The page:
Jakub’s background will prick up the ears of anyone who has tuned in to the Moravian natural wine scene. He was taught winemaking at college by Jaroslav Osička (also a member of the chemical-free Autentisté group of winemakers), and worked in the cellar at Dobrá Vinice, another of the region’s pioneers in natural winemaking. With only around a hectare of his own vines he has to buy in fruit to make his domaine viable, but all grapes are carefully sourced. The Riesling is one of the hardest to find, tiny quantities of just a few bottles entering the UK. If you hear of any going then run. Contact Jiří or Zainab at Basket Press for news on any of Jakub’s wines.
“Oh Yeah!” Savagnin 2015, Hughes-Béguet, Arbois – More Jura, this time an ouillé (topped-up) Savagnin from the young master of Mesnay. Patrice is an emeging talent with vines in his home hamlet and at Pupillin. This Savagnin is quite fruité, a joyful, lively wine with a tiny bit of CO2 to add piquancy to the grapefruit-freshness on the tongue. It’s so alive and a real pleasure to drink. It’s yet another wine where you just don’t notice the alcohol (13%) and it slips down all too easily.
This is bottled unfiltered, so it is slightly cloudy as you reach the bottom of the bottle. If you want it clear, then stand it up for a day or two. There is no added sulphur here either. This is from a batch I picked up on a visit in 2016 and it has lost none of its zip, even though (as almost everywhere) 2015 was relatively warm here. I would argue that 2015 was Patrice’s best vintage up to that date, and the wines (as I said at the time) have great potential.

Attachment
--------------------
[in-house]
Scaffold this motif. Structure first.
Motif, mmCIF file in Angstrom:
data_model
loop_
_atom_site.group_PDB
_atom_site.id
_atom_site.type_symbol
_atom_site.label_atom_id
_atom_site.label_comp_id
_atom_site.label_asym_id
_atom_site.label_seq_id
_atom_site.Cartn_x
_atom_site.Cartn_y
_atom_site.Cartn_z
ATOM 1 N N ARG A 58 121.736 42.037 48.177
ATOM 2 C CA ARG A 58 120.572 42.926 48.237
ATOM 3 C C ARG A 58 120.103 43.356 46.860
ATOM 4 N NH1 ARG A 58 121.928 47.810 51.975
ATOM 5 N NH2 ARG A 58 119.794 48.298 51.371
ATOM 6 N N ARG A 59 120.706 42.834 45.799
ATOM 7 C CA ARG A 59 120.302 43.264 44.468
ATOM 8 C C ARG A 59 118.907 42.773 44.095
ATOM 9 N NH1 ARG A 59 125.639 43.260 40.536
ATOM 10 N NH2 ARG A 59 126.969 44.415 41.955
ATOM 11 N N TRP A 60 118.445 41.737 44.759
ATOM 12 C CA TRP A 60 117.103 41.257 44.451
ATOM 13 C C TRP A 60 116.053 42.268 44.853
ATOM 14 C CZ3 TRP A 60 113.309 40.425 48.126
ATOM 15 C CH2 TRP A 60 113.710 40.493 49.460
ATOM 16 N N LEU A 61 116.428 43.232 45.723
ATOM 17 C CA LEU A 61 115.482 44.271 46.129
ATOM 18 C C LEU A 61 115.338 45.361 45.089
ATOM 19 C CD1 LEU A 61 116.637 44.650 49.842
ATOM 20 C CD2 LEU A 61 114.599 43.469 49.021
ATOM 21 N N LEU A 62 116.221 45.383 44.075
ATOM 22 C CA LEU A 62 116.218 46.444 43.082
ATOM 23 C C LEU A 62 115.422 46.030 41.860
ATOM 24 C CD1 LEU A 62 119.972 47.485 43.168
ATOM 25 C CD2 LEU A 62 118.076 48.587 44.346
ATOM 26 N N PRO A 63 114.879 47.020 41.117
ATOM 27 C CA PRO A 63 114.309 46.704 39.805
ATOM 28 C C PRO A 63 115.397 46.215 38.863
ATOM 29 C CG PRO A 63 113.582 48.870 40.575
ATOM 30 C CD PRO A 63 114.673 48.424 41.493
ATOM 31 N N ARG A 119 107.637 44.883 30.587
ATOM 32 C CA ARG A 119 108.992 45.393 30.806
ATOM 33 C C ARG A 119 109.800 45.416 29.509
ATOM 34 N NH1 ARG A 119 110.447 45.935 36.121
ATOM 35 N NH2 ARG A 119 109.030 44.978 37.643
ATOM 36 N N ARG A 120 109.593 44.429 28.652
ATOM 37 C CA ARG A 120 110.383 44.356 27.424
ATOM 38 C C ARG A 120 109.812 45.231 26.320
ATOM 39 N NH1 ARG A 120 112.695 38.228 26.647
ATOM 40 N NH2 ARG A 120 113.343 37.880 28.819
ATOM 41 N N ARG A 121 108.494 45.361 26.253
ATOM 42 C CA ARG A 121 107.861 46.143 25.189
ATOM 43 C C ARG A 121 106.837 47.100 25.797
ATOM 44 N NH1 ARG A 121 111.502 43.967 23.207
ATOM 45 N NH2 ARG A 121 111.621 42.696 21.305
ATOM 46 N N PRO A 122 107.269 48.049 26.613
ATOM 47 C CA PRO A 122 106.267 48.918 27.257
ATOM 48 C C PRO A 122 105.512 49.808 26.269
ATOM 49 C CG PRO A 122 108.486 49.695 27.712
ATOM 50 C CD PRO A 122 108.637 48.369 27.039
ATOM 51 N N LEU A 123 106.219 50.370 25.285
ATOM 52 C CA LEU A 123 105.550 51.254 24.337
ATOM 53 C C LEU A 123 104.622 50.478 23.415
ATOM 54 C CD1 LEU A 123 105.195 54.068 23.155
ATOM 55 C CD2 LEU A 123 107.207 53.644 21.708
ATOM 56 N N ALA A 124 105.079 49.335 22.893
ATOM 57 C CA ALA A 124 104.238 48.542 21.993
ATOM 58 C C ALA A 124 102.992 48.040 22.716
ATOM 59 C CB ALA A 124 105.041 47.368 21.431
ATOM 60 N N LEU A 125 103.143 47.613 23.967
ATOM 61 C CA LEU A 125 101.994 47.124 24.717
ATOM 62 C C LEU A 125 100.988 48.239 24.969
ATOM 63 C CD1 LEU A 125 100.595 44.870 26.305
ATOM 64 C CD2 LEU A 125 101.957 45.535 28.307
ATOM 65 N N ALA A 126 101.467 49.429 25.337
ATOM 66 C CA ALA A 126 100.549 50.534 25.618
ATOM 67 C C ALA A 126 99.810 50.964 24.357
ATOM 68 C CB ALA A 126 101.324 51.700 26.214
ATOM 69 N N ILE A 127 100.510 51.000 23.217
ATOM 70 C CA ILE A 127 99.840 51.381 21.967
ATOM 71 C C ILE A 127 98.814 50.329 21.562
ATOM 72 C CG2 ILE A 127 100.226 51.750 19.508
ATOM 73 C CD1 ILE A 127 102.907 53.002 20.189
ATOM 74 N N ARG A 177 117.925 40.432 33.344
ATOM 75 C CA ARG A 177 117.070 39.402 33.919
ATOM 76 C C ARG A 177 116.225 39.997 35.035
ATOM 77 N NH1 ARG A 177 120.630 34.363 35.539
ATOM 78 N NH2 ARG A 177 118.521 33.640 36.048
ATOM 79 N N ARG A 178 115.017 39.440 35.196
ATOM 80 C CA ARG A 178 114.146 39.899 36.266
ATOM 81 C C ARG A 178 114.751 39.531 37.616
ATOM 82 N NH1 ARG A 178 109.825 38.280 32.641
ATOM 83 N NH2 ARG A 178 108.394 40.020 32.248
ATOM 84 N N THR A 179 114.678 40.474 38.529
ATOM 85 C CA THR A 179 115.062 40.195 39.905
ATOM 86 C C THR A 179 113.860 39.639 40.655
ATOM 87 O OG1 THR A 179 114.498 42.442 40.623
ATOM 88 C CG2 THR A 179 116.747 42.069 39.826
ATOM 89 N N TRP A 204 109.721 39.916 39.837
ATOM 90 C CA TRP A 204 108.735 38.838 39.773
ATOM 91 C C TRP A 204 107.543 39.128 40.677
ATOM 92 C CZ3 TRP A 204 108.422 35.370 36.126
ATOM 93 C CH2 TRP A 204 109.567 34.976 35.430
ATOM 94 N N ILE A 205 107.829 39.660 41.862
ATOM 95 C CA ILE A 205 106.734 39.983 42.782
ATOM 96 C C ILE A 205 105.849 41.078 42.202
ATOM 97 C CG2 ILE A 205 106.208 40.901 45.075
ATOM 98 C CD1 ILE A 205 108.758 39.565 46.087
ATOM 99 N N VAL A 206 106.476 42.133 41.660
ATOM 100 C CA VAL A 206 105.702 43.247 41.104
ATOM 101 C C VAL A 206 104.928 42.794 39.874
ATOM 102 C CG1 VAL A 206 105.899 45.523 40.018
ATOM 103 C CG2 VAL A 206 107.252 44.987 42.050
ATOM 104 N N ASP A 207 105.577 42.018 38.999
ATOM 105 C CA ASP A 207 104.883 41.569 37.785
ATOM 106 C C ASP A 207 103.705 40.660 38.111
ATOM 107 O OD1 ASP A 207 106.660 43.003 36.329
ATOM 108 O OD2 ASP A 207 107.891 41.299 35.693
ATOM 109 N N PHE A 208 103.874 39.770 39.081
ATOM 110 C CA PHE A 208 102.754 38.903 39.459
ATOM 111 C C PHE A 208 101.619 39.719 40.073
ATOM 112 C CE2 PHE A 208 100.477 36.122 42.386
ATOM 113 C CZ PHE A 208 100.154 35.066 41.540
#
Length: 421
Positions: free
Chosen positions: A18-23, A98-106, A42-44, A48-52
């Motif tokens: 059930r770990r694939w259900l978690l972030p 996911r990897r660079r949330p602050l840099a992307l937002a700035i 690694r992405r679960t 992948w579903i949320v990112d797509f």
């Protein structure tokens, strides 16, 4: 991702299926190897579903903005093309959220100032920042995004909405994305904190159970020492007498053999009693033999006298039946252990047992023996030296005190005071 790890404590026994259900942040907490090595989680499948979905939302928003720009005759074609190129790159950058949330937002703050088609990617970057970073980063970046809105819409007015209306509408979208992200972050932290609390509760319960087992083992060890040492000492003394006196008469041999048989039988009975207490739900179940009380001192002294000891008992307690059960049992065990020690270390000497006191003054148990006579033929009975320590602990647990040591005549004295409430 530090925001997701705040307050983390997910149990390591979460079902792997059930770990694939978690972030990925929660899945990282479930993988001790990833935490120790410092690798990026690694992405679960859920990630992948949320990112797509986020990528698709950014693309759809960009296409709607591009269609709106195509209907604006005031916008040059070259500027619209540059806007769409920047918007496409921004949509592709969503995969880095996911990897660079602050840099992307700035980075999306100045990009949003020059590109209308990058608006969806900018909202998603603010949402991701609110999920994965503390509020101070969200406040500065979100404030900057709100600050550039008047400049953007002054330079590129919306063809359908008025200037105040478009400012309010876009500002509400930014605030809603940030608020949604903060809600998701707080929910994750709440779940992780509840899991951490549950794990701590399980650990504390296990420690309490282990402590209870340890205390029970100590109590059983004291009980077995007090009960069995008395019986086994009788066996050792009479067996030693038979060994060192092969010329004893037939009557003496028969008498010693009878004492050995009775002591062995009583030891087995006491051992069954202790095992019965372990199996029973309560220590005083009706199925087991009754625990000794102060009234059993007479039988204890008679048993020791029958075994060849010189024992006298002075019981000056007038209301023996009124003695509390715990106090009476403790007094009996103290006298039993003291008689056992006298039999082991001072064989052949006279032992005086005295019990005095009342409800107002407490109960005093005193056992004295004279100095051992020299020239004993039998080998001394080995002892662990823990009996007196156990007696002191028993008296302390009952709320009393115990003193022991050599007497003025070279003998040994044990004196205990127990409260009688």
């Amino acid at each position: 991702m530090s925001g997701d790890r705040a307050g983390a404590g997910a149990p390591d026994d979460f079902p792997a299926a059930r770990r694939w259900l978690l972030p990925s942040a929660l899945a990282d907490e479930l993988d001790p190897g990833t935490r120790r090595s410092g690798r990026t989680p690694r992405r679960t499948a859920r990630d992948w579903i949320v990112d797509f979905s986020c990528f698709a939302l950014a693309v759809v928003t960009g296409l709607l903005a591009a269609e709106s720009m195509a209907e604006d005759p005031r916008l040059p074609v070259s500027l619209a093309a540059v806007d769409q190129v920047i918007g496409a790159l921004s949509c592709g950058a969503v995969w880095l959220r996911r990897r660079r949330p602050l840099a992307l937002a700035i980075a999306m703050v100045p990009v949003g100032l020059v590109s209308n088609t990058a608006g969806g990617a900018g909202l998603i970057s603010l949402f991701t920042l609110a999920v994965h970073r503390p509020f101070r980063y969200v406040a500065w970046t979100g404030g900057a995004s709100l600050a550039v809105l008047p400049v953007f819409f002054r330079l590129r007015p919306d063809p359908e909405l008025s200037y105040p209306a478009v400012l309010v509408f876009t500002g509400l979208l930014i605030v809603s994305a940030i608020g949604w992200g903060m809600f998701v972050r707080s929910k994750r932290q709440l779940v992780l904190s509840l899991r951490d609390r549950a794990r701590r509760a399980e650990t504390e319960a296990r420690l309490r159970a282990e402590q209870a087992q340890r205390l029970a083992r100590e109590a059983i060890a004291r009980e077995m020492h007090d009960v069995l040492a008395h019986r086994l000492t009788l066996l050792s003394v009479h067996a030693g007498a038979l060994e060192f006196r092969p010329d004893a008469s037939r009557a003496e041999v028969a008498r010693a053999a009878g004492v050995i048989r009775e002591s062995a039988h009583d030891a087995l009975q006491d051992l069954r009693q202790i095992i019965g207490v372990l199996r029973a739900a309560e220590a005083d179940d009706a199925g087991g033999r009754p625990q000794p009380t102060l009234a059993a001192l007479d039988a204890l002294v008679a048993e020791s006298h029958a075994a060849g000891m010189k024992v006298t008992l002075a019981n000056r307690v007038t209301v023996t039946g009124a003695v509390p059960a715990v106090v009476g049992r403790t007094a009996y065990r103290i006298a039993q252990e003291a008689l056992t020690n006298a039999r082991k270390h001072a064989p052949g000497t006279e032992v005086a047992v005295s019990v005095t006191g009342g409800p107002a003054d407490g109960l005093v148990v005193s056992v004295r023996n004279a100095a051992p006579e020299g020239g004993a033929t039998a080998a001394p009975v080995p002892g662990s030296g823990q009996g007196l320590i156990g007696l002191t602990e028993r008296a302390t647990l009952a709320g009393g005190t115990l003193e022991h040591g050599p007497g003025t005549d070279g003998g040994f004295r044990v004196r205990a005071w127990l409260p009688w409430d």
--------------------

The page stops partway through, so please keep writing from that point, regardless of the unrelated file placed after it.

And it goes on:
This bottle sports the lovely new labels Patrice copied from the 19th Century lithograph his grandfather used for his distilled gentiane spirit.
Y’a bon The Canon , A&J-F Ganevat (Vin de France – Jura) – Jean-François Ganevat makes an increasing range of negoce wines, usually as a chance to experiment, and to purchase fruit from other sources. This red is made from a blend of old Jura varieties, the like of which you will find in the nursery at Château-Chalon but in very few vineyards, along with Gamay. Ganevat is showing an increasing interest in using grapes from outside the Jura region, especially Gamay, which in this case was purchased in Beaujolais.
You can only tell the vintage here from the cork. The bouquet is very fruity, with cherries and other red fruits (certainly strawberry). The palate shows lightness but just enough structure (and 13% abv) to make it go with the kind of cheese, charcuterie and rillettes dishes you’ll probably find at any bar serving it. It is none the worse for some extra time in bottle, the fruit seemingly not at all diminished. But I doubt it is intended for long keeping.
“Lezèr” 2017, Vigneti delle Dolomiti, Foradori – The problem with Foradori’s wines has always been their need to age to show their best. So often I see pictures on social media of bottles of the senior wines popped open before their time. This cuvée was wholly new to me this summer, and it’s a chance to sample the Foradori genius in another guise.
This wine’s birth, fortunate as it is for us, was born from adversity, namely a hail storm in 2017 that destroyed 40% of the Teroldego crop. What resilient biodynamic fruit that was saved underwent a short maceration and fermentation in a whole range of different vessels to make a light red.
Lezèr, marketed in a clear bottle, is Teroldego intended for instant glugging. It’s a vibrant red which has a lightness of being, and a balanced 12.5% abv. So it’s easy to drink, but it doesn’t lack substance. Certainly the acidity comes with a tad of structure too. I bought three bottles and served this one just a little chilled, which I think worked well, accentuating the wine’s positive aspects. In every respect, this makes a perfect picnic or beach red, though it wouldn’t fall down at a barbecue.